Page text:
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Monterey Bay Aquarium Research Institute
Marine Botany

Caloplaca coralloides

A Question: What are the bumps surrounding some apothecia?

There are frequently bumps on the surface of the thallus of C. coralloides. Many of these bumps have a hole in the center. Sectioning did not definitively determine the identity of these bumps for me, because they showed only that the bumps had cortex and medulla. Here I give a hypothesis as to the identity of these bumps. If you know what these structures are or if you can help me figure them out, contact Megan Kelso at mkelso@stanford.edu or Judith Connor at MBARI.

scanning electron micrograph of apothecia of C. coralloides and zoom in of lower right hand bump
This is a scanning electron
micrograph of an apothecia

of C. coralloides and a zoomed
in look at a bump on the edge
of the apothecia.  Picture taken
by Megan Kelso with the help
of Chris Patton.


Hypothesis as to the identity of the bumps on the thallus and surrounding some apothecia:

These bumps might be apothecia in early stages of development. Maybe they will open up from the pore in the center of the bump and develop into apothecia. Sectioning the bumps did not show a developed hymenial layer, however, it is possible that it had just not developed yet. Younger looking apothecia do not have prominent bumps. Therefore, it is possible that the bumps only develop on older apothecia that have perhaps already released their spores. Pictures taken by Chris Patton and Megan Kelso of apothecia in different stages suggest that this is the identity of the bumps.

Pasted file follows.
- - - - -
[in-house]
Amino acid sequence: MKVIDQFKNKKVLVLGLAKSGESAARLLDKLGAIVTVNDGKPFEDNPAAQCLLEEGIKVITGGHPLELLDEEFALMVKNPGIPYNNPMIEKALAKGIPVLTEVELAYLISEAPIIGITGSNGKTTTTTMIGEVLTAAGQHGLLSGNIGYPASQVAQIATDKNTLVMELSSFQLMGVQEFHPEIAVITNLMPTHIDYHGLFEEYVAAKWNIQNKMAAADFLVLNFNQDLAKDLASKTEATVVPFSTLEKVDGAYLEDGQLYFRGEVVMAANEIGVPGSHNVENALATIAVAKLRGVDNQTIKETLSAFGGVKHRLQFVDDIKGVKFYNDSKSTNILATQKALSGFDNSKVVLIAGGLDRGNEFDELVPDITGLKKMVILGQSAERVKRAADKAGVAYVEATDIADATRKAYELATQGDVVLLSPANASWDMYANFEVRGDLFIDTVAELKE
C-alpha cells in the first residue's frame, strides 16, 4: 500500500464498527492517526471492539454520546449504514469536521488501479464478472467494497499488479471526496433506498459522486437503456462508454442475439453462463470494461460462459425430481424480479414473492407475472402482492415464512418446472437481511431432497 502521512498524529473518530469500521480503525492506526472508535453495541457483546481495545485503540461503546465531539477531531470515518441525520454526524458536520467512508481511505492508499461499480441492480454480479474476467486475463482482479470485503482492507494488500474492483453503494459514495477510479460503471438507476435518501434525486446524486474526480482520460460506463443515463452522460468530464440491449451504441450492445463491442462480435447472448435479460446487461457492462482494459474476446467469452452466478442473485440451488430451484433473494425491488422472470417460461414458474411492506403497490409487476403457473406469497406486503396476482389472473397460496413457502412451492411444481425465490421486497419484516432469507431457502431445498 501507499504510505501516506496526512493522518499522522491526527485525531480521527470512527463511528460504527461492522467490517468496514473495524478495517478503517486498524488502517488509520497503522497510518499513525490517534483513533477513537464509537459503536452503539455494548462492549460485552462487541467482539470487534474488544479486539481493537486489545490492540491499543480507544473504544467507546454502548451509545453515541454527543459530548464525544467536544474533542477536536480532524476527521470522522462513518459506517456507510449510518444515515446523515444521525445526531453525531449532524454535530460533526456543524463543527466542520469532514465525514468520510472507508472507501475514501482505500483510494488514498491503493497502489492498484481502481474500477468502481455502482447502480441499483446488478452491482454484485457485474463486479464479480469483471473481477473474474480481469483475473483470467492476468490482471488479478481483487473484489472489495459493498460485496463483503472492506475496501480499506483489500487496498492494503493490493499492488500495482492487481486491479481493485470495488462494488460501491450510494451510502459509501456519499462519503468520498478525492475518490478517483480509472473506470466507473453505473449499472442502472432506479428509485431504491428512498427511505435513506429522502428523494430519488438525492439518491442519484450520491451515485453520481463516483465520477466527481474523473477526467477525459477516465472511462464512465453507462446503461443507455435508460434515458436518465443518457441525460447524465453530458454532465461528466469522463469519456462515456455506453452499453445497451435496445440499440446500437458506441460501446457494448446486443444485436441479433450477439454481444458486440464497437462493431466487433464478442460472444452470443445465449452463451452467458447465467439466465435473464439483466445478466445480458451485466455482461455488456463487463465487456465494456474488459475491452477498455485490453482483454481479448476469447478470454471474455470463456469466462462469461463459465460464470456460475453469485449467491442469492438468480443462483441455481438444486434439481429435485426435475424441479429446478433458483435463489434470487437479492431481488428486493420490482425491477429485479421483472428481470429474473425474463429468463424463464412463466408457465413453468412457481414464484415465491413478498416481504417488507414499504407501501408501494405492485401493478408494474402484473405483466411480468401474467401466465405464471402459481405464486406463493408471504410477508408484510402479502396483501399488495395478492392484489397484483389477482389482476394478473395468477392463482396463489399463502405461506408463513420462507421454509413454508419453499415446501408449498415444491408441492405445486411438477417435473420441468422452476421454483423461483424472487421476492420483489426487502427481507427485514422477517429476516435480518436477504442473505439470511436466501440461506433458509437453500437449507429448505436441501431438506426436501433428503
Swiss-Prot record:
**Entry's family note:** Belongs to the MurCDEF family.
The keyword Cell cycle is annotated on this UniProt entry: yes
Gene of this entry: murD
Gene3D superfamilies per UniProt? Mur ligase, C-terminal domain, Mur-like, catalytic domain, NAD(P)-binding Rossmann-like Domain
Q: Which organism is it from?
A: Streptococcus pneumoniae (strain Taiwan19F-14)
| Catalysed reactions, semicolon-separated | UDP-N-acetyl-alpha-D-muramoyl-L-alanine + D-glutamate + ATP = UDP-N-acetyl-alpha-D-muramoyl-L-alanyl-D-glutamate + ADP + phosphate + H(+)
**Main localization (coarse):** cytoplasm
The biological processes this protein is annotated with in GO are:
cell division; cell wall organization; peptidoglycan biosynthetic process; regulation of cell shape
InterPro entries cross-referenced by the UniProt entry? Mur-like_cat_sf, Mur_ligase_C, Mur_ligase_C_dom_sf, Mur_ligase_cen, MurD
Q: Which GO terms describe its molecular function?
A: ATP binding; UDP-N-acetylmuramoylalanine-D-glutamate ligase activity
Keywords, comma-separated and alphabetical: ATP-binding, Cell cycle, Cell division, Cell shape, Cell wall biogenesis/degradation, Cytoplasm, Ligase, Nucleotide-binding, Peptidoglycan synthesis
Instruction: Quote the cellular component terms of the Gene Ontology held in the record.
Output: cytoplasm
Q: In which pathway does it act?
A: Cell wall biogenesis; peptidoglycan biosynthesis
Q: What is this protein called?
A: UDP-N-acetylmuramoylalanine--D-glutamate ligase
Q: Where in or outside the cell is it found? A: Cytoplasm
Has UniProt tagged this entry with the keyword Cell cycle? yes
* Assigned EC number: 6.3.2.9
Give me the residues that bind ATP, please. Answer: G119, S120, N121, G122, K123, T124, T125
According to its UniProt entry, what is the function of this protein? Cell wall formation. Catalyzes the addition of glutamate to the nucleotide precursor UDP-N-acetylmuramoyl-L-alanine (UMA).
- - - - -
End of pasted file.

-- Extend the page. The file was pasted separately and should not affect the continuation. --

progression of images showing old apotheium with bumps around circumference, young apothecia opening up from a hole in the center, and an apothecium with what look like new small fertile patches around the circumference.

It is also possible that these bumps are simply nodules filled with medulla that form on the thalline surfaces of C. Coralloides.  However, I cannot help but think that the central hole seen in some of the bumps indicates a purpose.  It is also possible that both are true: that some of the bumps are developing apothecia and that others are simply thalline nodules.

Another thought was that the bumps could be pycnidia.  This would make sense because having the "spermatia" released right next to the fertile layer of the apothecia would help encourage successful sexual reproduction.  However, the bumps seem like they might be too large to be pycnidia.

These bumps could also be lobules, a structure for asexual reproduction that sometimes appear around the rims of apothecia.  See the section on asexual reproduction for a little moreinformation on lobules.

Overall, my best guess is that these bumps are new apothecia just beginning to develop.  

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2005 Megan Kelso

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